Millar was born in Kalamunda, Western Australia. He was educated at Guildford Grammar School in Perth and the Universities of Western Australia, Melbourne and London. He was a graduate of the Royal Military College, Duntroon, and served in the Australian Army in 1943-1950.
After several years as a schoolteacher, he joined the staff of the Department of International Relations at the Australian National University in 1962. He was a Professorial Fellow in the Department from 1968 onwards and Head of the Strategic and Defence Studies Centre (SDSC) in 1966-1971 and 1982-1984. He was Director of the Australian Institute of International Affairs, 1969-1976. In 1985 Millar was seconded to London University as Professor of Australian Studies and the foundation Head of the Australian Studies Centre (then part of the Institute of Commonwealth Studies; now the Menzies Centre for Australian Studies at King's College London). Following his retirement in 1990, he remained in London until his death and held part-time positions at the London School of Economics and King's College London.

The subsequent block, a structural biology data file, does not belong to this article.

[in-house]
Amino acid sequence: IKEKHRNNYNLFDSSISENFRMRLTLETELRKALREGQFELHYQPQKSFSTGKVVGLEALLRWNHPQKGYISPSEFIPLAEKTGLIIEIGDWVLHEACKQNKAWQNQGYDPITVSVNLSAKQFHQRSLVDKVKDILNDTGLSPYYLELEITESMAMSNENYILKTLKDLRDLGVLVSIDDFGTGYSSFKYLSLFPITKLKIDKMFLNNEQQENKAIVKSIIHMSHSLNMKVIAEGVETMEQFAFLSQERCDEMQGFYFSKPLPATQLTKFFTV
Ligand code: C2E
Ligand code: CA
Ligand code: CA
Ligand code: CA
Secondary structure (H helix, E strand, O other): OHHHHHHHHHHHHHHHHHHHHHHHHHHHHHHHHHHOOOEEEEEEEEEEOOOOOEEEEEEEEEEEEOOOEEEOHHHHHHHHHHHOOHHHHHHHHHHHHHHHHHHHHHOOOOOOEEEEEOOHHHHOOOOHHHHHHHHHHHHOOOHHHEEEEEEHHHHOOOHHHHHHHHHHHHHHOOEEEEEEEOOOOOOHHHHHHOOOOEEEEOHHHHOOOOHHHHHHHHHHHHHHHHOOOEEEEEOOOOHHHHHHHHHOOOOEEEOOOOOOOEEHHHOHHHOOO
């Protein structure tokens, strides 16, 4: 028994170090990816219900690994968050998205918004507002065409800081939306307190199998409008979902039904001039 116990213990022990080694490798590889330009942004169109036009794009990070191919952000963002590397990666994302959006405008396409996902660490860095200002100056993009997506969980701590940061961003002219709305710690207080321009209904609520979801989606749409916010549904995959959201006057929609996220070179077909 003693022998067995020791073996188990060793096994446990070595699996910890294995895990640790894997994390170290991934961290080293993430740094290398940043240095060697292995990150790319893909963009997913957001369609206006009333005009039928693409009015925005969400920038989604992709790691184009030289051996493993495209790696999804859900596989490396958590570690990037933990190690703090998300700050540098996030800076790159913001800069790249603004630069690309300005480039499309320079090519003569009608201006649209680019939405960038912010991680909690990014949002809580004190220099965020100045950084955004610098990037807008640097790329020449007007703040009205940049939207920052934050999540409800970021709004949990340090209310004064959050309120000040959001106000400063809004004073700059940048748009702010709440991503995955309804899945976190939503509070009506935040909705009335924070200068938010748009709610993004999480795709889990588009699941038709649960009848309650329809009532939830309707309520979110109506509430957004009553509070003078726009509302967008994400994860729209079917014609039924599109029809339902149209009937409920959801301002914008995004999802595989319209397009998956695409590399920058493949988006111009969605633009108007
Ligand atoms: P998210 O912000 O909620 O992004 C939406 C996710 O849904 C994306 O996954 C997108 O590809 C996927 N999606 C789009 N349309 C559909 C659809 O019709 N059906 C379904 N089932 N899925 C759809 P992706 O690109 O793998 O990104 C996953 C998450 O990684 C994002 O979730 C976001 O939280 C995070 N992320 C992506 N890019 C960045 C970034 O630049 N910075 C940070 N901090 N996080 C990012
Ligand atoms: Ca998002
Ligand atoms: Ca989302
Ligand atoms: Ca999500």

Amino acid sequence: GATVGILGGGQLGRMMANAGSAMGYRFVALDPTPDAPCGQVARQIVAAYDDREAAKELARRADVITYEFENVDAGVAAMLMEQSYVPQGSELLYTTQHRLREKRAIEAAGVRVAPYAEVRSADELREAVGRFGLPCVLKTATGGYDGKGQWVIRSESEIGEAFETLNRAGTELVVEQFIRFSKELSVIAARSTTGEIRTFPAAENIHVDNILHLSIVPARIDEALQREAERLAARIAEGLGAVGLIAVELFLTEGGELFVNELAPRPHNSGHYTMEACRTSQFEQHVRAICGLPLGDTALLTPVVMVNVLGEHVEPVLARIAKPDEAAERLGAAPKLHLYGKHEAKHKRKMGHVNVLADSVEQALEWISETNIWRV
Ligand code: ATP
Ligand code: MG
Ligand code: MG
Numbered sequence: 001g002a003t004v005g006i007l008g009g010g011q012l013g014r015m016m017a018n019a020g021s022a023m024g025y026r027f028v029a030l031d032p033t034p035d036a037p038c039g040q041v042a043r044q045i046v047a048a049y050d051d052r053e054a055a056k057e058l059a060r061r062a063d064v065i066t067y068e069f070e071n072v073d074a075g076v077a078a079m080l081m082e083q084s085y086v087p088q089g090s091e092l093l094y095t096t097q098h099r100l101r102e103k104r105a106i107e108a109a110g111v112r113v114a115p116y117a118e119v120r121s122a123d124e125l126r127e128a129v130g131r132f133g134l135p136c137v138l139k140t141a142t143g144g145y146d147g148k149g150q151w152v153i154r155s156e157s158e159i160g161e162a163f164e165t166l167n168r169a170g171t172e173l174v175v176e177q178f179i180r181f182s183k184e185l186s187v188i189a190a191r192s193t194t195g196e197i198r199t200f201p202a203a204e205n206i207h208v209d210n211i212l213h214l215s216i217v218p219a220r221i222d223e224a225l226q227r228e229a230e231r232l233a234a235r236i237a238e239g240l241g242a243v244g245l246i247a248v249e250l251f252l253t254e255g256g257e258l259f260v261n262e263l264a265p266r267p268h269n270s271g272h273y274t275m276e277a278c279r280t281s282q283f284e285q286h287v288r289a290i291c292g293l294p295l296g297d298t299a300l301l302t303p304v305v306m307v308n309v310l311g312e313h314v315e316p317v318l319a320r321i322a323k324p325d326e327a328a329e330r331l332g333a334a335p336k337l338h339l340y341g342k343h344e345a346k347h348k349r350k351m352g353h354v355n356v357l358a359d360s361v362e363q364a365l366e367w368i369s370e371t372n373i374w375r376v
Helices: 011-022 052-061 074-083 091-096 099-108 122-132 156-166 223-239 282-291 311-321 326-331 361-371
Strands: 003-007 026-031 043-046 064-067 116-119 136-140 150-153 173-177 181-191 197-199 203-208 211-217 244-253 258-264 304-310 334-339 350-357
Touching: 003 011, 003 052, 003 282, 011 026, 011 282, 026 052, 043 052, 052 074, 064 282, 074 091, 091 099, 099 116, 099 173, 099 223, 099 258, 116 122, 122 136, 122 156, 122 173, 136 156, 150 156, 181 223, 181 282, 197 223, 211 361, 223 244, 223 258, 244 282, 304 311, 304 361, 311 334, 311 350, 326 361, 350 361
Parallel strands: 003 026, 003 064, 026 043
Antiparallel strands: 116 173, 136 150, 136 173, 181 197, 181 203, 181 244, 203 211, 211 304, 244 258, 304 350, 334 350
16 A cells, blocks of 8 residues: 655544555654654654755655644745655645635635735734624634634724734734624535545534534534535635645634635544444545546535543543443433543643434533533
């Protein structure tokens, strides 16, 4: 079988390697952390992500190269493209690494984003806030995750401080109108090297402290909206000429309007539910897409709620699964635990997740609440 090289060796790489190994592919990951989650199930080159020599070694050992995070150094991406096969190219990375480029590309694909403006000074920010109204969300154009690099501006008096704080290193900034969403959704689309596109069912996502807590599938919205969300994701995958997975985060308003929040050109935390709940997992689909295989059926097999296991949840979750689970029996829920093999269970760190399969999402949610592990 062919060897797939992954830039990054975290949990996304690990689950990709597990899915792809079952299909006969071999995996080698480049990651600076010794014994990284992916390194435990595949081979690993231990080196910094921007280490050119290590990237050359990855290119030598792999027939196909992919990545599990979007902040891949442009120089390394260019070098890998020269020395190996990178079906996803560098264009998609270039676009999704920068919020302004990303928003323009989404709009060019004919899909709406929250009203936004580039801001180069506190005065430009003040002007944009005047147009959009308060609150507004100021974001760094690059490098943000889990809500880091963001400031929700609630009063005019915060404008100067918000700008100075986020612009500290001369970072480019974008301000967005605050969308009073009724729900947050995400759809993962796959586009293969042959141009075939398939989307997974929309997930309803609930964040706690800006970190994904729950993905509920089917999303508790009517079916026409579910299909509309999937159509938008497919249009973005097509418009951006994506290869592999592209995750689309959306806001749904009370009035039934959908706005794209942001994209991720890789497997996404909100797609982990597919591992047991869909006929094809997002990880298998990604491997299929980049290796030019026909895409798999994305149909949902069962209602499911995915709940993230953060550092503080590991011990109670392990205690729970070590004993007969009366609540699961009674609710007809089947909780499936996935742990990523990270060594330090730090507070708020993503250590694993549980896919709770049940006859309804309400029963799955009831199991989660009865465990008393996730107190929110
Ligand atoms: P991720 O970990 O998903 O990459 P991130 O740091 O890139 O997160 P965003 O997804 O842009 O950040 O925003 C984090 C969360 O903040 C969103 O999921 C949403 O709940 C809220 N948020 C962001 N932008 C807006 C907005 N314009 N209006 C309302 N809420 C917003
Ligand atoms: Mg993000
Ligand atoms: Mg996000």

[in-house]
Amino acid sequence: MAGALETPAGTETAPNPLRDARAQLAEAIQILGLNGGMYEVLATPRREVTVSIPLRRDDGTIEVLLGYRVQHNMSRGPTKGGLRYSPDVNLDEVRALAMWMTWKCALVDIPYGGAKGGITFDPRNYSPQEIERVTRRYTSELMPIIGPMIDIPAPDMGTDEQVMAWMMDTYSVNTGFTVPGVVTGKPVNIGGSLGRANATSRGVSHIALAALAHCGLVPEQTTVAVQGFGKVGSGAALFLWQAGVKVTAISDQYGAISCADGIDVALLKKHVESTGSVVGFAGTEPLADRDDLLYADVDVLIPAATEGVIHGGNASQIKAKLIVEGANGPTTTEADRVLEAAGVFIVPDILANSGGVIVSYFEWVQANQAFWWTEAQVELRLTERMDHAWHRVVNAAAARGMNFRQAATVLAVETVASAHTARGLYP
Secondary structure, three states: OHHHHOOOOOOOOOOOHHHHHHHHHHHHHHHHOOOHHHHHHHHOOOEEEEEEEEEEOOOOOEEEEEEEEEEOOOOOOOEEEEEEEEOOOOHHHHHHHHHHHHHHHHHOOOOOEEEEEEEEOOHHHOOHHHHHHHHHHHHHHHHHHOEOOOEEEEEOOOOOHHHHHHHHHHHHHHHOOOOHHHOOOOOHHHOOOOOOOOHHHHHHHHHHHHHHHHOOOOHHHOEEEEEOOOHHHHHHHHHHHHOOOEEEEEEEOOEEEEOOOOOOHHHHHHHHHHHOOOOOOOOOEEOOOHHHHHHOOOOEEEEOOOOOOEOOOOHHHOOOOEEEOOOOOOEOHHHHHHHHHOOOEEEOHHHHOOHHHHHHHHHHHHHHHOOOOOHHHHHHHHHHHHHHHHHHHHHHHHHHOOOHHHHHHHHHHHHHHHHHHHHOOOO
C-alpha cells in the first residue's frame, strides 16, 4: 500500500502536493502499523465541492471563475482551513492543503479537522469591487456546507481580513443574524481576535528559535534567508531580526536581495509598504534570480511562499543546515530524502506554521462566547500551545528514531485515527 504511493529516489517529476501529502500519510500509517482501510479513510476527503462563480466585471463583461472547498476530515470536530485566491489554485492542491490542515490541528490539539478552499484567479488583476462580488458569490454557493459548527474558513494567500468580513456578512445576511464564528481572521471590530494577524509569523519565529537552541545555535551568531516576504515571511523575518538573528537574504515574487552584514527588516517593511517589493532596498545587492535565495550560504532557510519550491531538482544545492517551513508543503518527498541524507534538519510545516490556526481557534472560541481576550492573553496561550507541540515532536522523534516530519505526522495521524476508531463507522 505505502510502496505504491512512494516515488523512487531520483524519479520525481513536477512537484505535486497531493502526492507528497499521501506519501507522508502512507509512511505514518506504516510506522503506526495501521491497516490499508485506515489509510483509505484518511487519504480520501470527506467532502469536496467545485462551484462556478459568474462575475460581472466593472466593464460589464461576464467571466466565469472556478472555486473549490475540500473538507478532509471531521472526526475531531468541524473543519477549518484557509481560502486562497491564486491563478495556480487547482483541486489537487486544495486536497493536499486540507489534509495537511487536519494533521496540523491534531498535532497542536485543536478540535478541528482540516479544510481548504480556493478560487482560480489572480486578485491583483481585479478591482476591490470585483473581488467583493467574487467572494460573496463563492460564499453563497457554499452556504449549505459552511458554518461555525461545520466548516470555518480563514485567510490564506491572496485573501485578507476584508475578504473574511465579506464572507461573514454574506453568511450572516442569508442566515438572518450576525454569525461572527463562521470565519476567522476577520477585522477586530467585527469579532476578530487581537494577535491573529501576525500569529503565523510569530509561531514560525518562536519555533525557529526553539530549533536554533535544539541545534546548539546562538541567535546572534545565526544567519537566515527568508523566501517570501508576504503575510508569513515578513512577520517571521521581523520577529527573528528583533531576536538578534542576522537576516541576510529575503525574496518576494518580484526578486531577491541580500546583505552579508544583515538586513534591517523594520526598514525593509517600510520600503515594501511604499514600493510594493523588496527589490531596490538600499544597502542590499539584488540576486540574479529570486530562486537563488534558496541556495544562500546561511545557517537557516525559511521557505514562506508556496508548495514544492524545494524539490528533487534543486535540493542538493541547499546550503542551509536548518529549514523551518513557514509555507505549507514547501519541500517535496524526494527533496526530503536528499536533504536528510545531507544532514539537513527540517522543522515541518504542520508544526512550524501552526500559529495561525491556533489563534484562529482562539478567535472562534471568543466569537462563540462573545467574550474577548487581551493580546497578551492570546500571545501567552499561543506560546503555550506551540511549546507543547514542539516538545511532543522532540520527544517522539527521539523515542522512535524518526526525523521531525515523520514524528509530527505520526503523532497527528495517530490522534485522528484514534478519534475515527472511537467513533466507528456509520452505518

Millar was made a Fellow of the Academy of the Social Sciences in Australia in 1982 and an Officer of the Order of Australia in 1983. He married Ann Drake-Brockman in 1951 and they had two daughters and one son. The marriage was dissolved in 1986. He remarried in 1990. A Christian Scientist and both a proud Australian and Western Australian, he would also proudly remind people of his Scottish ancestry - as evidenced by the spelling of his surname with the Scottish `ar' ending.
Millar was a prolific writer on international relations and defence and strategic studies. In honour of his work in this field, the Graduate Studies in Strategy and Defence program (based in the SDSC) offers up to three T.B. Millar Scholarships each year to outstanding students.
- Australia's defence (1965)
- The Commonwealth and the United Nations (1967)
- Australia's defence policies 1945-65 (1968)
- Australia's foreign policy (1968)
- Australia in peace and war (1978)
- The East-West strategic balance (1981)
- South African dilemmas (1985).
In 1995 a book of essays was published in his honour, edited by Coral Bell, entitled Nation, region and context: studies in peace and war.